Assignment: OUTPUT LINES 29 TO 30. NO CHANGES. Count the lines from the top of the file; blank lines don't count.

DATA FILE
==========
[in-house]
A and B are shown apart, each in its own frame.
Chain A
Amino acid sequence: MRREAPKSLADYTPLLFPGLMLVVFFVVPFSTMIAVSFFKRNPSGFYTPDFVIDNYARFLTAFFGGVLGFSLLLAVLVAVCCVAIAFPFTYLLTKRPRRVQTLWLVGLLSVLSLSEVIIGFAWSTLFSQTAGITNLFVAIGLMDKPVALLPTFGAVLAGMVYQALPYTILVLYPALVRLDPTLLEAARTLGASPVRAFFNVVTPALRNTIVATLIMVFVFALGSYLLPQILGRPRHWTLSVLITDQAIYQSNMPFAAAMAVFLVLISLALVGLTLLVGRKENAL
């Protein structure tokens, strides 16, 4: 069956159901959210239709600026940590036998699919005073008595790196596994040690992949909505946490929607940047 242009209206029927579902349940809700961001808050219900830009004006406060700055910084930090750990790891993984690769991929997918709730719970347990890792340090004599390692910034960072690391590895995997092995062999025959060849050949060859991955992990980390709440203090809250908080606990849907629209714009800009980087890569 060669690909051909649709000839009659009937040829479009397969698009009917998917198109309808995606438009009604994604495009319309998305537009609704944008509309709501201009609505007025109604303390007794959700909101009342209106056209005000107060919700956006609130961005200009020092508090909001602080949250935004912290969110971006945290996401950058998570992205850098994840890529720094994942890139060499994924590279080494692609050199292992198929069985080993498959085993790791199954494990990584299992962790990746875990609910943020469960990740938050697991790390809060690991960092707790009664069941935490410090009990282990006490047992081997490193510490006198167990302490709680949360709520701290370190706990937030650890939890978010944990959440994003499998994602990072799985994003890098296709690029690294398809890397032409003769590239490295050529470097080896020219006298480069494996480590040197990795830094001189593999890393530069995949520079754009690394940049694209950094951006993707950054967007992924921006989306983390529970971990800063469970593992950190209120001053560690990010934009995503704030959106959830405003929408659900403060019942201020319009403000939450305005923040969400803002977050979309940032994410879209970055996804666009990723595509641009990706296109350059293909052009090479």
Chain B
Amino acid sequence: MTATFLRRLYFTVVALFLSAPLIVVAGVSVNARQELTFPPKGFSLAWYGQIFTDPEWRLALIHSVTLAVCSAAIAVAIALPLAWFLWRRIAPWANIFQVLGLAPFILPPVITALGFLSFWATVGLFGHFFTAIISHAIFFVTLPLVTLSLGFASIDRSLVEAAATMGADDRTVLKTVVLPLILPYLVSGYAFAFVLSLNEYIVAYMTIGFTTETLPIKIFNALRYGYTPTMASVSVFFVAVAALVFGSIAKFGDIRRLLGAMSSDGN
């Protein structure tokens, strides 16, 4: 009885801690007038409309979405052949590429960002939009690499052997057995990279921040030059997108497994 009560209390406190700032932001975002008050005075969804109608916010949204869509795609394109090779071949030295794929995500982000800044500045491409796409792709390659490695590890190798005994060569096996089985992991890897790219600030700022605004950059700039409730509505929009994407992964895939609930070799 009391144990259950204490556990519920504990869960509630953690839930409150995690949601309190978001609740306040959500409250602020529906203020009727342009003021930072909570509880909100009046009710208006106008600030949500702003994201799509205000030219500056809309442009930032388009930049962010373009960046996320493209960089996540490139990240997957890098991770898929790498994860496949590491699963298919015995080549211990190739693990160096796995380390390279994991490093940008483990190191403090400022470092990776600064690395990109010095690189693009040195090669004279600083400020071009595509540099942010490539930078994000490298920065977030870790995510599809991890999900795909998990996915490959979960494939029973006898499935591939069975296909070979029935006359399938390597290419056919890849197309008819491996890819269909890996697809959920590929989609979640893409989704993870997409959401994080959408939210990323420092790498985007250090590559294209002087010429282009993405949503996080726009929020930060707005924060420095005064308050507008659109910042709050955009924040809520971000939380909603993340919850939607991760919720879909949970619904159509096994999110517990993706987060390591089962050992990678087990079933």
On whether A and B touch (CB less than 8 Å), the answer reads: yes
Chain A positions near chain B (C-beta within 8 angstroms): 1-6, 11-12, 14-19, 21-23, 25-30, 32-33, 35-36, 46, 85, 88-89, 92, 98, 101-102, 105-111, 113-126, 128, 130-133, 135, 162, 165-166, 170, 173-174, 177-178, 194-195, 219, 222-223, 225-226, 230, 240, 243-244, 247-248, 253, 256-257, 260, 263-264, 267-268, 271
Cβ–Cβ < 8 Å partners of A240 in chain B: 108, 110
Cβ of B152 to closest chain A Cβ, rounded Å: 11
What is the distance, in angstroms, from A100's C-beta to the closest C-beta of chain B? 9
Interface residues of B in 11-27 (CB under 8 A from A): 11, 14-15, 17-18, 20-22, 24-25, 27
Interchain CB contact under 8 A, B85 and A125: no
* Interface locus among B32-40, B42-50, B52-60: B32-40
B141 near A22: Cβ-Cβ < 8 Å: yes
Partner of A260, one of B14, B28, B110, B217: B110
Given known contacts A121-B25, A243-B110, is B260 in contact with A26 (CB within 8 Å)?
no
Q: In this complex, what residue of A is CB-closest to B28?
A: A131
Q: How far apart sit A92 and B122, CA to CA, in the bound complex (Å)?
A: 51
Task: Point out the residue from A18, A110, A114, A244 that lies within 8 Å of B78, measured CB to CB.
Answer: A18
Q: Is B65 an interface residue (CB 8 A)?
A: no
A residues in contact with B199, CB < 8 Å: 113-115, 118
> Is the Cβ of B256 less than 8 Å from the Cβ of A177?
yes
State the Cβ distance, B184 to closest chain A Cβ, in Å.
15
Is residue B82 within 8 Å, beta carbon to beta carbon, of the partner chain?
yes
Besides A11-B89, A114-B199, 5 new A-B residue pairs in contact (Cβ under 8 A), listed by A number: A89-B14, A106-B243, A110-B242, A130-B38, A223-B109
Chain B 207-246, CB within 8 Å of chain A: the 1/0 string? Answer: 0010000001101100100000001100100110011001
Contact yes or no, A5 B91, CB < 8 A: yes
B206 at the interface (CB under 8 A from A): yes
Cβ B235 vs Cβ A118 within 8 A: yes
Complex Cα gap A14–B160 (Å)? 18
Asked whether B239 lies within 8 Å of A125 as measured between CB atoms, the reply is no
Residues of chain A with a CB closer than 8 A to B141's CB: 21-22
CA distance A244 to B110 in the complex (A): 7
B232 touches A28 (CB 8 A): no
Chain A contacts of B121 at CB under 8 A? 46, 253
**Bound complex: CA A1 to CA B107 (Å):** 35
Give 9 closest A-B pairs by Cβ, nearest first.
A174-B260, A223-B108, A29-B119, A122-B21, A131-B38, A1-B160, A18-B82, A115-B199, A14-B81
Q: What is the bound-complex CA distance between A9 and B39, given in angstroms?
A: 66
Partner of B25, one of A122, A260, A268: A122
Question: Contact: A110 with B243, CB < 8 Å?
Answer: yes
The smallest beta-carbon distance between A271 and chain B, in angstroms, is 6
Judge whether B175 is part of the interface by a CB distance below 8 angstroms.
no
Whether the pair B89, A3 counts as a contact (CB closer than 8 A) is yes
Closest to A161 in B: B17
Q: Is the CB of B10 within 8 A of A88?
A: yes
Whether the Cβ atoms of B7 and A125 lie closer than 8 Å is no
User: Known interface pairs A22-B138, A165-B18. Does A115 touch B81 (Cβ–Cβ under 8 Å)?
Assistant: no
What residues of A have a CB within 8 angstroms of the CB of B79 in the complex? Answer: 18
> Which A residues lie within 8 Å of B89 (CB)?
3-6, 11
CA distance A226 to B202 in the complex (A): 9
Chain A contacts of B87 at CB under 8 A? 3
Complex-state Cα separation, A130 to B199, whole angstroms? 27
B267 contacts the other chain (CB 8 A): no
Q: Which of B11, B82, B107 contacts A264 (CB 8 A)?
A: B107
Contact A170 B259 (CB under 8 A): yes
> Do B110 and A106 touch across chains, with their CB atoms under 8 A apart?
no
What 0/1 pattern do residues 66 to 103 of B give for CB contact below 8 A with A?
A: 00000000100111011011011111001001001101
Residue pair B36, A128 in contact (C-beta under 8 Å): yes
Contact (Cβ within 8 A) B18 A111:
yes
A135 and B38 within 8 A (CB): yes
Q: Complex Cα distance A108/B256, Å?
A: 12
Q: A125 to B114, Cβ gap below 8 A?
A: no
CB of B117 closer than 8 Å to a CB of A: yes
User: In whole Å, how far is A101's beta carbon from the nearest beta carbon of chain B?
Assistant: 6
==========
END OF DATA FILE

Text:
A residues in contact with B199, CB < 8 Å: 113-115, 118
> Is the Cβ of B256 less than 8 Å from the Cβ of A177?